After the interval (during which I ran out to my car to get my monocular, to compensate for being in the back row), he played a set of Bacheler's fancies, galiards, jiggs, and such. These were a bit more intricate than the Dowland. Where Dowland would ornament with scale passages, Bacheler went for larger intervals and different figures, which one would expect to be more difficult for the performer.

You couldn't tell it from O'Dette's quiet demeanor, though. All challenges seemed equal in his deft fingers. There may have been some sub-vocal sounds coming from him — I couldn't be sure, back where I was — but the tone was musical throughout.

I could contrast it with a violin recital I attended the night before, where the intonation was a little off, pizzicato passages seemed to stick to the strings and cut off the sound, and harmonics that should have soared broke and fell to the ground.

As I left for the reception, I saw that the CDs had sold out entirely, making me glad I'd bought one on the way in. I chose the all-Bacheler disk, and it was on my iPod before I went to bed.

(I wrote a longer review earlier, but this one leaves out a lot of irrelevant stuff that I often seem unable to omit. Edited slightly at 10:30 am.)
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Over at the classical music blog, The Music Parlour, the host has posted something of possible interest to my SF and film-loving friends: music from the score of Things to Come, by Arthur Bliss. I haven't listened to it yet, but I expect to give it a whirl later on.

Speaking of whirls, I woke up feeling dizzy and nigh queasy. I've spent most of the day since horizontal, and much of that sleeping. I feel better now, but I'm not enjoying walking around. Sarah came home from school a half hour ago, and we cut into the pudding pie the two of us made last night (Jell-o instant Chocolate Fudge over Pistachio in a pre-made chocolate crumb crust; garnished with whipped cream and streaks of chocolate syrup). It is a good pie.

Note: The link at the bottom of the entry is to Vaughan Williams's "The Wasps." To get to the Bliss material, click the "Historical" link at the top of the page. Then hope that Megaupload is in the right mood: when I clicked the first link, it said it was temporarily unavailable. I clicked the second link and it said my limit was exceeded but maybe if I wait two minutes and try again, it will relent. We shall see.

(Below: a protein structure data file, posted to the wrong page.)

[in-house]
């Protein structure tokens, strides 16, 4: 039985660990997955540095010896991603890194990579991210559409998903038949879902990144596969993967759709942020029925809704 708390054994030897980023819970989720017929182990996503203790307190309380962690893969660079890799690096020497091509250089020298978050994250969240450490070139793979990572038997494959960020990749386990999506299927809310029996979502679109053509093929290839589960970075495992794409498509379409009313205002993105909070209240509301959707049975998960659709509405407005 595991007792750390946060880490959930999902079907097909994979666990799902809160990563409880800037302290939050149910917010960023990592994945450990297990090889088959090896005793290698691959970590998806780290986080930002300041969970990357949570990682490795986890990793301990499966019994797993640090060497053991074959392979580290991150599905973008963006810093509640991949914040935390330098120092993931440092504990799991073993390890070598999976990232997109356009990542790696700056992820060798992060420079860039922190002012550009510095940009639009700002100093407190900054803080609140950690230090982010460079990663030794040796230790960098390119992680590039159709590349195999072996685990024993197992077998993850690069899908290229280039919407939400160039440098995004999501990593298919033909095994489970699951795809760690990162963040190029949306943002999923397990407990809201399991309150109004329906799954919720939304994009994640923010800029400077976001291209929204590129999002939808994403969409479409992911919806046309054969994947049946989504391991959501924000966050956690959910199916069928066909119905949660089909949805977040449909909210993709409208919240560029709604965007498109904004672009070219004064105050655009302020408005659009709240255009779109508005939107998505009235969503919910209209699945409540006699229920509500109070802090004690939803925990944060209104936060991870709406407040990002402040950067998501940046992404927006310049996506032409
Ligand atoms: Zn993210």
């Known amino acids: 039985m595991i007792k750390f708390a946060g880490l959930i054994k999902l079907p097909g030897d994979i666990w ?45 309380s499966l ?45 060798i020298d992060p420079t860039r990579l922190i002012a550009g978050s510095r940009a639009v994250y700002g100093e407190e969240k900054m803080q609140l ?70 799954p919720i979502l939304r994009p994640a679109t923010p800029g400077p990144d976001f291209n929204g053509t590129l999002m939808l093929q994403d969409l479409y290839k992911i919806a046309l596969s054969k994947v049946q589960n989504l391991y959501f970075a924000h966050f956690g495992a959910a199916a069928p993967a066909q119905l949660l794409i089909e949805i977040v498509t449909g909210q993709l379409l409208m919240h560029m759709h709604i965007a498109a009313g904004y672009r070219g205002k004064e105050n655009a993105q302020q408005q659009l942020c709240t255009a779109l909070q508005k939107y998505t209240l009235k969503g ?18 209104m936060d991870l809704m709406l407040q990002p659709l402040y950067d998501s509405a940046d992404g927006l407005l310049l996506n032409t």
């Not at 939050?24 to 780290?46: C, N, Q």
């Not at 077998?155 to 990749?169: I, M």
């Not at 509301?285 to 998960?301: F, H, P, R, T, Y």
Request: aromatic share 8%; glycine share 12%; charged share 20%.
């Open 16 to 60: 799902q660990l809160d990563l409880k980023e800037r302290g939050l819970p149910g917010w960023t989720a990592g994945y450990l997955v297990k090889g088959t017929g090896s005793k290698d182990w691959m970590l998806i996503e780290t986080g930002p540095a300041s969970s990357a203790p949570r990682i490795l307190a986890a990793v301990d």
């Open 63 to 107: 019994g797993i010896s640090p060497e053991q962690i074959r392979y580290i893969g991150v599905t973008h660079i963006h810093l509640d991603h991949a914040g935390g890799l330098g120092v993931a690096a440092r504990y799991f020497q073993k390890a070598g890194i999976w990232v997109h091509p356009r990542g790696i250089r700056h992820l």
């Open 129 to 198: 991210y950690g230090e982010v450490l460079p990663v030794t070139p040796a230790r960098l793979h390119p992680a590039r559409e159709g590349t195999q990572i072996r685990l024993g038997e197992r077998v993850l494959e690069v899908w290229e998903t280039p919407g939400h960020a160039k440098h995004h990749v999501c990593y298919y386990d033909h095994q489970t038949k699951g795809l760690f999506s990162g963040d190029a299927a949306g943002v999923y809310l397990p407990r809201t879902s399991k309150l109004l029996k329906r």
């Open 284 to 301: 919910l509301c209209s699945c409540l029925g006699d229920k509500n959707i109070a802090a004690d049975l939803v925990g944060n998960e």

(Update: So far, nope. When did I exceed my limit? I haven't been using Megaupload.)
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to life!

Sep. 18th, 2010 01:45 pm
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Here's a father giving a toast at a wedding. Lucky there were cameras on hand to catch it!



I can't think of any wedding I've been to in person where I actually cried, but this one got me, in a good way.

thanks to Mark Evanier
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S1K - 026 to
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And now, it's what you've all been waiting for!

what, again?Continuing our methodical walk through The Book of a Thousand Songs [Wier, 1918]

p 26: "Ah! I Have Sighed To Rest Me (Il Trovatore)" [G. Verdi], "All Glory, Laud, And Honor" [M. Teschner]. (note: it's their idea to capitalize every word, not mine)
This is the second part of the "Miserere" from Act III of Verdi's "Il Trovatore," and it appears to be a translation of what actually happens here, making for a nice change from a tendency of the editors to employ instead a nice little song about chirpy birds or a moral lesson about honesty or posture. The orchestra accompaniment is absent, and in its place we have the song expanded to four-part harmony.
Not sure what's up with "All Glory." The first part is something I've heard in a Christmas carol, and then the second part goes somewhere else entirely. Where's the Hosannah in Excelsis? I can't think of the title now, and am too lazy to search through all my books of carols.

p 27: "Am I Not Fondly Thine Own?", "At Evening-Time" [E.M. Steadman]
note: "All Glory" spills over into this page. I'm mostly not going to bother mentioning when that happens.
"Am I Not" is a semi-translation of "Du, Du, liegst mir in Herzen," which we used to sing in grade school. My fifth-grade teacher taught us little bits of German. This version loses the part where the object of affection makes the singer unhappy even though singer is so good to object and just makes it a sappy little love ditty.
"At Evening-Time" is a straightforward 6/8 Allegretto with no surprises in its pastoral imagery of dusk.

p 28: "Ah, For Wings To Soar", "Away With Melancholy" [W.A. Mozart], "Annie Lisle" [H.S. Thompson].
"Ah, For Wings" is a straightforward 6/8 Andante with no surprises in its lyrical whining to an unresponsive love.